How to Deadhead Roses

Closeup of someone deadheading a spent rose with pruners

The Spruce / Meg MacDonald

Project Overview
  • Working Time: 15 mins - 1 hr
  • Total Time: 15 mins - 1 hr
  • Yield: 0
  • Skill Level: Intermediate
  • Estimated Cost: $0

For many flowering plants, deadheading is desirable but optional. For roses, however, deadheading is a crucial part of routine plant care—and not only for aesthetic reasons. Removing the spent and withered flowers encourages repeat-flowering roses to bloom again. Almost all modern roses (which includes any roses bred since 1867) are repeat-flowering or repeat-blooming so most likely roses in your yard should be deadheaded as needed. 

The time it takes to deadhead a rose plant varies greatly. While a 4-foot hybrid tea rose or a compact Knock Out rose bush can be deadheaded in under 15 minutes, a tall climbing rose, or a large rose bush can take an hour or more. The number of spent flowers or flowering heads to remove also factors into the time requirement.

Why Deadhead Roses

Appearance is one reason for deadheading roses but there is more to it from the botanical perspective. If you don’t remove the spend flowers, two things may happen. If the flower was pollinated, the plant will produce a rose hip below the flower that is packed with seeds, signaling to the plant that it has done its job by blooming once and producing offspring. This prevents the formation of new buds in the same growing season. In many modern roses the petals are so large that insects cannot get to the pollen inside the flower and pollinate it but to ensure a repeated bloom it is still a recommended to remove the spent flowers.

If the flower has not been pollinated, it will just dry and fall off.

When to Deadhead Roses

You can remove the flowers as soon as they are wilted or withered. The longer you wait, the looser the petals become and fall off with the slightest motion.

Continue your deadheading routine after each flush of flowers and throughout the entire summer but stop deadheading a few weeks before the first frost date. Deadheading produces more new growth that is vulnerable to cold weather.

Tip

If you have roses that produce rose hips that you would like to harvest, do not deadhead the spent flowers.

What You'll Need

Equipment / Tools

  • Sharp, clean pair of hand shears or secateurs
  • Gardening gloves that cover hands and forearms
  • Bucket to collect the clippings

Instructions

Overhead view of materials needed for deadheading roses

The Spruce / Meg MacDonald

Deadheading is done at two stages: first the removal of any spent blooms on a flowering head, and second the removal of the entire spent flowering head.

Removing Faded Flowers

  1. Cut Spent Flowers at the Base

    Cut an individual spent flower from a flowering head or flower cluster at the base, where the flower joins the stem. Leave any remaining buds or flowers that still look fresh and appealing untouched.

    Deadheading roses at the base

    The Spruce / Meg MacDonald

Deadheading Established Roses

  1. Identify the Cut Location

    After all the flowers in a flowering head are done blooming, it is time to remove the entire flowering head. To do this, you need to determine where to make the cut. Most hybrid tea roses usually have one or two 3-leaflet leaves immediately below the flower and lower on the stem two or more 5-leaflet leaves. Identify a 5-leaf set that is facing outwards, which is the direction in which you want the new shoot to grow.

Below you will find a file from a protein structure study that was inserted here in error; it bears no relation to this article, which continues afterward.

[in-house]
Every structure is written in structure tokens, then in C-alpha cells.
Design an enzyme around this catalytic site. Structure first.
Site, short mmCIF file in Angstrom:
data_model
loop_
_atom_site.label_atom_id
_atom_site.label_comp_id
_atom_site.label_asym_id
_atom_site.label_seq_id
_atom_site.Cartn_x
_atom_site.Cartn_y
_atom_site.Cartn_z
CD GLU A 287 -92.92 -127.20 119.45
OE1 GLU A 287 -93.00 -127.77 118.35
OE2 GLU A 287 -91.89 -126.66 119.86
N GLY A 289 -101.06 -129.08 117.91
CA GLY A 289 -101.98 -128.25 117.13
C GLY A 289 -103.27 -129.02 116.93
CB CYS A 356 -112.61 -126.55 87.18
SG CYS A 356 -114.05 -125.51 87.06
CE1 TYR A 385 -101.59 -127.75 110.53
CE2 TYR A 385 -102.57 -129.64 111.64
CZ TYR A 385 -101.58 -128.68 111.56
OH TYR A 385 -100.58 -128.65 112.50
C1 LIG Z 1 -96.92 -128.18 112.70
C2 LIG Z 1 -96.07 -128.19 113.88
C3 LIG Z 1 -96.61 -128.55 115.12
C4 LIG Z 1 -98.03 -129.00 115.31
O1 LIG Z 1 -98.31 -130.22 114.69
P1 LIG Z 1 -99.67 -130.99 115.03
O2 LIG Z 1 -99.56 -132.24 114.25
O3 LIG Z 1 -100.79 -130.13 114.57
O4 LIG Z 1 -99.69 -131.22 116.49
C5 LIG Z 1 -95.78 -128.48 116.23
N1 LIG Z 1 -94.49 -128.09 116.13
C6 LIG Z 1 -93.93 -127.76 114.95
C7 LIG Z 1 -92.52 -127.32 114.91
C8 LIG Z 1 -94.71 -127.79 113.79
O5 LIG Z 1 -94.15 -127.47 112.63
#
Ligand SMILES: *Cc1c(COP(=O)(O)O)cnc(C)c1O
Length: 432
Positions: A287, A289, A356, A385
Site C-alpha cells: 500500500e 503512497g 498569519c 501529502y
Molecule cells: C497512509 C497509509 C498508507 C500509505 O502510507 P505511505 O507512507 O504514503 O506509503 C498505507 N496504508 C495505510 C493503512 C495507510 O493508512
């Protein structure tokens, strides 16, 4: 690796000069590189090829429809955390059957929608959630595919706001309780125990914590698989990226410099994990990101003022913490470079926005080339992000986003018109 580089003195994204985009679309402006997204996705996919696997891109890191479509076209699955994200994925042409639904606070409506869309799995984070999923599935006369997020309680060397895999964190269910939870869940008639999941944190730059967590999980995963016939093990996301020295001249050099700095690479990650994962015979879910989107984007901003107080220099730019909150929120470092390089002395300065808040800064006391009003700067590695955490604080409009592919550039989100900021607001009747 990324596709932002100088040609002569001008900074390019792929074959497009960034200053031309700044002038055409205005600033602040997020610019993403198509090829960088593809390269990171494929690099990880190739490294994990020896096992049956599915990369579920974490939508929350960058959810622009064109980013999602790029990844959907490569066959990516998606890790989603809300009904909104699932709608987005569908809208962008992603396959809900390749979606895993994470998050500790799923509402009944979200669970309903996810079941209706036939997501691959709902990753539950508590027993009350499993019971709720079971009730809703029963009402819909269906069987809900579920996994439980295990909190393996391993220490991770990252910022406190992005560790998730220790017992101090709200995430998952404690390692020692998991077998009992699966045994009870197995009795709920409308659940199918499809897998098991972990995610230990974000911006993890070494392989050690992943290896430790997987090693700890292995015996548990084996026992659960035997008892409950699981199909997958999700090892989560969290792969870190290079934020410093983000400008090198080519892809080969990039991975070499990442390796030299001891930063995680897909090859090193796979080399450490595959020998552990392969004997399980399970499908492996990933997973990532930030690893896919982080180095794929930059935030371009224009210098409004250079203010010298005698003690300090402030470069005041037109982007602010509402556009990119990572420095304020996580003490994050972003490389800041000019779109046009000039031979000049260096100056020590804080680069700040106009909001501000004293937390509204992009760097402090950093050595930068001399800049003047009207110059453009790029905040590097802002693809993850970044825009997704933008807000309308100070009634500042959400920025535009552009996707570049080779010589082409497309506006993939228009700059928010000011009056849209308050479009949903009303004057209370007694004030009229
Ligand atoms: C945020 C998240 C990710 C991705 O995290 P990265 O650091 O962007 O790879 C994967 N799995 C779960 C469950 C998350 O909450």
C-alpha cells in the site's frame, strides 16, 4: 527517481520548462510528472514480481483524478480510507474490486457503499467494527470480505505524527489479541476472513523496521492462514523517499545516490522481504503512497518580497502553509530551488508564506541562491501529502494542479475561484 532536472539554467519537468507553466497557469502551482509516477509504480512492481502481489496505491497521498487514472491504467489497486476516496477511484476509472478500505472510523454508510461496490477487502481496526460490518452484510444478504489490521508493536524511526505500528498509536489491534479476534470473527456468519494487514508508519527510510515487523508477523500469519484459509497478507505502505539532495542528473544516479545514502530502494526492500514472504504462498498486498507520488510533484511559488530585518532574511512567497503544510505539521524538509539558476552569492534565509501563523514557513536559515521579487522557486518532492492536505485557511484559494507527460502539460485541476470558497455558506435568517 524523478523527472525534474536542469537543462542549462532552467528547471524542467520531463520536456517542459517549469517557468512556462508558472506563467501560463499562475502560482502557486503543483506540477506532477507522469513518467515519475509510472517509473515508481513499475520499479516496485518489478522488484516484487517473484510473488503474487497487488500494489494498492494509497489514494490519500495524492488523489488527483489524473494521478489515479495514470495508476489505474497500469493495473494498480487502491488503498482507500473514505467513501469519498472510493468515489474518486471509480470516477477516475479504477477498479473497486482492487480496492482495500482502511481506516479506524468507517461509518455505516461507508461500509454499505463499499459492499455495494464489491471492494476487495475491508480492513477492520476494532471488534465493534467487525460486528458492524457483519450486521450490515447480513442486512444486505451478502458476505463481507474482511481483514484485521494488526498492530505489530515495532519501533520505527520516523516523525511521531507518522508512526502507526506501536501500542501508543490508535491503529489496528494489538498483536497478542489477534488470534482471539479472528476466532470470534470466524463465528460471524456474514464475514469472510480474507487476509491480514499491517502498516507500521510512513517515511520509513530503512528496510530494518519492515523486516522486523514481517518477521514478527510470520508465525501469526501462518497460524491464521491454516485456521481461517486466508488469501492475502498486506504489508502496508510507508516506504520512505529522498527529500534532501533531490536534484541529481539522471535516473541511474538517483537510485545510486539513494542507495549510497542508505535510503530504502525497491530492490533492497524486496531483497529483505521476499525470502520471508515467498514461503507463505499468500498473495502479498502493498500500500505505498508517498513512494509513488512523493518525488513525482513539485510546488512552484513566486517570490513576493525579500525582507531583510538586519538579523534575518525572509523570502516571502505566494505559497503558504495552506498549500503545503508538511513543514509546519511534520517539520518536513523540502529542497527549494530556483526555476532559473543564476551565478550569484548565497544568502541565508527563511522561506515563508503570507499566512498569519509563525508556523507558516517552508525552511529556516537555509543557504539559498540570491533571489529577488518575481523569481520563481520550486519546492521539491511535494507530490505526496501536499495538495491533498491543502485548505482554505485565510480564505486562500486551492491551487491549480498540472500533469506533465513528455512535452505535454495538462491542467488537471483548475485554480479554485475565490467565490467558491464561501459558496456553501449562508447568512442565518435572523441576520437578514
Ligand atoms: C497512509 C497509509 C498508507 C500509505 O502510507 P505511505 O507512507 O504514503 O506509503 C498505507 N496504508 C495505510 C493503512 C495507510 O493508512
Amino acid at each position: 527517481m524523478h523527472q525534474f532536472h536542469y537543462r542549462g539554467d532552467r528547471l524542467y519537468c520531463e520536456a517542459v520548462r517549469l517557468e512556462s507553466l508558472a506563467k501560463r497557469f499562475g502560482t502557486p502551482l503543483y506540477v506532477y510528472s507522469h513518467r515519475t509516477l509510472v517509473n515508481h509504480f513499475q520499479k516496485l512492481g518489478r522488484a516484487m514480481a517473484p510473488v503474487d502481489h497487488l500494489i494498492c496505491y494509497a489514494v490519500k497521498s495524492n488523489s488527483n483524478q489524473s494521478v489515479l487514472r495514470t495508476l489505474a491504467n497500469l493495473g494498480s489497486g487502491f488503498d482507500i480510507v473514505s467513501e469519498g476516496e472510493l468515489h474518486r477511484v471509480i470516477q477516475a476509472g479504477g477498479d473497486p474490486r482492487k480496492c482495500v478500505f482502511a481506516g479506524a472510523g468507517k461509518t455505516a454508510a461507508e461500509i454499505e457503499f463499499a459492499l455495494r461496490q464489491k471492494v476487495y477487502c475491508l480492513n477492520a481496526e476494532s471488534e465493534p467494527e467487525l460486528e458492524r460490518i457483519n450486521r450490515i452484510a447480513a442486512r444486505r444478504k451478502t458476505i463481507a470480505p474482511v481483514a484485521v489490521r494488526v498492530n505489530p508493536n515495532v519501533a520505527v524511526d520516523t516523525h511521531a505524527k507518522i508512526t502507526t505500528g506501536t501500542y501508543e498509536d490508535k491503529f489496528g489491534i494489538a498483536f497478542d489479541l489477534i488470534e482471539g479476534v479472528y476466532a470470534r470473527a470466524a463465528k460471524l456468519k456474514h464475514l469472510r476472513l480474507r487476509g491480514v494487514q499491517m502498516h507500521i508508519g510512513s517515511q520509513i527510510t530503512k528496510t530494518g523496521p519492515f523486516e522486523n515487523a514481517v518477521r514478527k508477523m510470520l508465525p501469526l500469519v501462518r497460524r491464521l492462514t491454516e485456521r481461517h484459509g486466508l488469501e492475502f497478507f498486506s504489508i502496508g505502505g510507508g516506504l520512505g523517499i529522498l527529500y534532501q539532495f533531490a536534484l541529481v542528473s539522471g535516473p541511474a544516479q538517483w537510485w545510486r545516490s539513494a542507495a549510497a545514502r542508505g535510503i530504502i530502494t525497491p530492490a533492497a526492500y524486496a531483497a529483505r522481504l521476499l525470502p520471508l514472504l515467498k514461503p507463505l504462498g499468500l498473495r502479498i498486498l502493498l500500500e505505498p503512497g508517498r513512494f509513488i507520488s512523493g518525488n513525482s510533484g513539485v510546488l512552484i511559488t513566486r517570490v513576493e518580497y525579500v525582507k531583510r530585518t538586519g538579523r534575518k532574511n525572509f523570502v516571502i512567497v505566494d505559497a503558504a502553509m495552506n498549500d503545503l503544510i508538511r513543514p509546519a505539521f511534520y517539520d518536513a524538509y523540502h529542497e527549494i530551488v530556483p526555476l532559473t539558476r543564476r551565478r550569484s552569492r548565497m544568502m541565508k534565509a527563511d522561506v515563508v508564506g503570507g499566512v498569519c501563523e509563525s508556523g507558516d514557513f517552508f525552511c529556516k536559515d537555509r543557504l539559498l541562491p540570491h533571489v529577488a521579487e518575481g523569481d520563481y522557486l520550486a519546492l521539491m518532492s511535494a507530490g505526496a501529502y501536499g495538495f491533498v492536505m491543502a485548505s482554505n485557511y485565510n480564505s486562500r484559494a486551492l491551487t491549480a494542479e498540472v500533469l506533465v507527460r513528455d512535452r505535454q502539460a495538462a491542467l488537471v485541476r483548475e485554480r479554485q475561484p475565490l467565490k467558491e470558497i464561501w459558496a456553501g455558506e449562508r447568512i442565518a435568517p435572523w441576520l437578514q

When you’ve found a 5-leaf set, also look for a small dark spot where the leaf set and the shoot join. This is a bud eye from which a new stem will grow into a flower. The location where you make the cut should be just above that bud eye. As the bud eye is usually located very closely to the leaf set you are after, it should not be too difficult to find.

    Cut about ¼ inch above the 5-leaflet set and in a way so that at least two 5-leaflet leaves remain on each shoot.

    Marking the cut on the rose stem

    The Spruce / Meg MacDonald

  2. Make the Cut

    Cut the stem at a 45-degree angle and not straight. The angle helps water from precipitation or watering to run off quickly and dry and prevents bacteria or fungi to grow on moist exposed plant tissue.

    Making the cut above the 5 leaflet on the diagonal

    The Spruce / Meg MacDonald

Deadheading Newly Planted Roses

  1. Identify the Cut Location

    With one exception, the method of deadheading newly planted roses is the same as for established roses. Instead of removing the spent flowering head above the uppermost 5-leaflet leaf on a stem, identify the uppermost 3-leaflet leaf for the location of the cut. Removing more foliage from a young rose is detrimental to its ability to produce food and grow.

    Closeup of a rose with a 3-leaflet

    The Spruce / Meg MacDonald

  2. Make the Cut

    Cut the stem ¼ inch above the first 3-leaflet leaf at a 45-degree angle, as described in Step 2 for established roses above.

    Cutting just above the 3-leaflet on the rose stem

    The Spruce / Meg MacDonald

When deadheading, leave the foliage of the rose plant untouched, unless it is diseased. Leaves are essential for photosynthesis, which means more flowers and healthier rose canes and a stronger plant overall. However, as deadheading your roses makes you take a very close look at the plant, it lets you identify any problems with the rose. such as pests and diseases, leaf discoloration due to nutrient deficiency, early so you can take prompt action.

Article Sources
The Spruce uses only high-quality sources, including peer-reviewed studies, to support the facts within our articles. Read our editorial process to learn more about how we fact-check and keep our content accurate, reliable, and trustworthy.
  1. What Is the Proper Way to Deadhead Roses? Iowa State University Extension and Outreach.